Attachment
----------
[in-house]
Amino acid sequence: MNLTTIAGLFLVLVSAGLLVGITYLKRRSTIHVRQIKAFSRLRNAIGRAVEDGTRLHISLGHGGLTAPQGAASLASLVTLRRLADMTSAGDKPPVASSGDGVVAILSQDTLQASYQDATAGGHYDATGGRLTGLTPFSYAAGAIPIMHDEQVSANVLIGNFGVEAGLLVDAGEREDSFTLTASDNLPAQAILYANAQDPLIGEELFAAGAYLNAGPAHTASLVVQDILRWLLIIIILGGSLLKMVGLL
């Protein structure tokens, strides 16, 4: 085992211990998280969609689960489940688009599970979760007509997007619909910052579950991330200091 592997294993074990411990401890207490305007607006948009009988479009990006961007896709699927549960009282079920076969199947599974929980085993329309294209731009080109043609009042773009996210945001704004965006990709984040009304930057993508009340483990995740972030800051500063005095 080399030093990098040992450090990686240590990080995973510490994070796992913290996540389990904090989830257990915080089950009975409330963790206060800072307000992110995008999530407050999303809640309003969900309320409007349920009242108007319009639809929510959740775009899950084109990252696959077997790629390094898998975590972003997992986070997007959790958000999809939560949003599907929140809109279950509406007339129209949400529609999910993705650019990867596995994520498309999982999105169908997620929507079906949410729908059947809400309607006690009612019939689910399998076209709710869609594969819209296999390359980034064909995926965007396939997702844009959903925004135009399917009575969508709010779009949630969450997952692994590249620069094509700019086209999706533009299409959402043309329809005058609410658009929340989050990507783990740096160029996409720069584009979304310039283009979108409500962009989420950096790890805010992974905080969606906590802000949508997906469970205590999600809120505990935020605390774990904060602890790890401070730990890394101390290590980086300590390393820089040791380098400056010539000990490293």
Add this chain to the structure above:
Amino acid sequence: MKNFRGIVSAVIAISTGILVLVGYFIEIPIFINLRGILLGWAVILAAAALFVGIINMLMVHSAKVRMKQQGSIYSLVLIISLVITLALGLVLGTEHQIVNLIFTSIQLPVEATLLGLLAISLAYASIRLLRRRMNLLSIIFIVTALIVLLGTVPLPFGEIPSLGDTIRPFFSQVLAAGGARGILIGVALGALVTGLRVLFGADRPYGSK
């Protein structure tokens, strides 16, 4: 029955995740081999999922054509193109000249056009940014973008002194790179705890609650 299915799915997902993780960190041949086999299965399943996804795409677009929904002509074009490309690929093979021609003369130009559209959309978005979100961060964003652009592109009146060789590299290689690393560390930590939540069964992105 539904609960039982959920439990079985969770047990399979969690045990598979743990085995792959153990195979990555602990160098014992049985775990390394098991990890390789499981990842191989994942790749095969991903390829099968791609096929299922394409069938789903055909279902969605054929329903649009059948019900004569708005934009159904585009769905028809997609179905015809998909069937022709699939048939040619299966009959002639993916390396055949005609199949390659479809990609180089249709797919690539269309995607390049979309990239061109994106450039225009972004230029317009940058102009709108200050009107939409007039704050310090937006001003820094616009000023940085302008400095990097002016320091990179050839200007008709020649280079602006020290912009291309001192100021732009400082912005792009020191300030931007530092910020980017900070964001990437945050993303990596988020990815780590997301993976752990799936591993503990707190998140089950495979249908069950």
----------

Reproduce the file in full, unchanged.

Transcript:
[in-house]
Amino acid sequence: MNLTTIAGLFLVLVSAGLLVGITYLKRRSTIHVRQIKAFSRLRNAIGRAVEDGTRLHISLGHGGLTAPQGAASLASLVTLRRLADMTSAGDKPPVASSGDGVVAILSQDTLQASYQDATAGGHYDATGGRLTGLTPFSYAAGAIPIMHDEQVSANVLIGNFGVEAGLLVDAGEREDSFTLTASDNLPAQAILYANAQDPLIGEELFAAGAYLNAGPAHTASLVVQDILRWLLIIIILGGSLLKMVGLL
């Protein structure tokens, strides 16, 4: 085992211990998280969609689960489940688009599970979760007509997007619909910052579950991330200091 592997294993074990411990401890207490305007607006948009009988479009990006961007896709699927549960009282079920076969199947599974929980085993329309294209731009080109043609009042773009996210945001704004965006990709984040009304930057993508009340483990995740972030800051500063005095 080399030093990098040992450090990686240590990080995973510490994070796992913290996540389990904090989830257990915080089950009975409330963790206060800072307000992110995008999530407050999303809640309003969900309320409007349920009242108007319009639809929510959740775009899950084109990252696959077997790629390094898998975590972003997992986070997007959790958000999809939560949003599907929140809109279950509406007339129209949400529609999910993705650019990867596995994520498309999982999105169908997620929507079906949410729908059947809400309607006690009612019939689910399998076209709710869609594969819209296999390359980034064909995926965007396939997702844009959903925004135009399917009575969508709010779009949630969450997952692994590249620069094509700019086209999706533009299409959402043309329809005058609410658009929340989050990507783990740096160029996409720069584009979304310039283009979108409500962009989420950096790890805010992974905080969606906590802000949508997906469970205590999600809120505990935020605390774990904060602890790890401070730990890394101390290590980086300590390393820089040791380098400056010539000990490293």
Add this chain to the structure above:
Amino acid sequence: MKNFRGIVSAVIAISTGILVLVGYFIEIPIFINLRGILLGWAVILAAAALFVGIINMLMVHSAKVRMKQQGSIYSLVLIISLVITLALGLVLGTEHQIVNLIFTSIQLPVEATLLGLLAISLAYASIRLLRRRMNLLSIIFIVTALIVLLGTVPLPFGEIPSLGDTIRPFFSQVLAAGGARGILIGVALGALVTGLRVLFGADRPYGSK
């Protein structure tokens, strides 16, 4: 029955995740081999999922054509193109000249056009940014973008002194790179705890609650 299915799915997902993780960190041949086999299965399943996804795409677009929904002509074009490309690929093979021609003369130009559209959309978005979100961060964003652009592109009146060789590299290689690393560390930590939540069964992105 539904609960039982959920439990079985969770047990399979969690045990598979743990085995792959153990195979990555602990160098014992049985775990390394098991990890390789499981990842191989994942790749095969991903390829099968791609096929299922394409069938789903055909279902969605054929329903649009059948019900004569708005934009159904585009769905028809997609179905015809998909069937022709699939048939040619299966009959002639993916390396055949005609199949390659479809990609180089249709797919690539269309995607390049979309990239061109994106450039225009972004230029317009940058102009709108200050009107939409007039704050310090937006001003820094616009000023940085302008400095990097002016320091990179050839200007008709020649280079602006020290912009291309001192100021732009400082912005792009020191300030931007530092910020980017900070964001990437945050993303990596988020990815780590997301993976752990799936591993503990707190998140089950495979249908069950």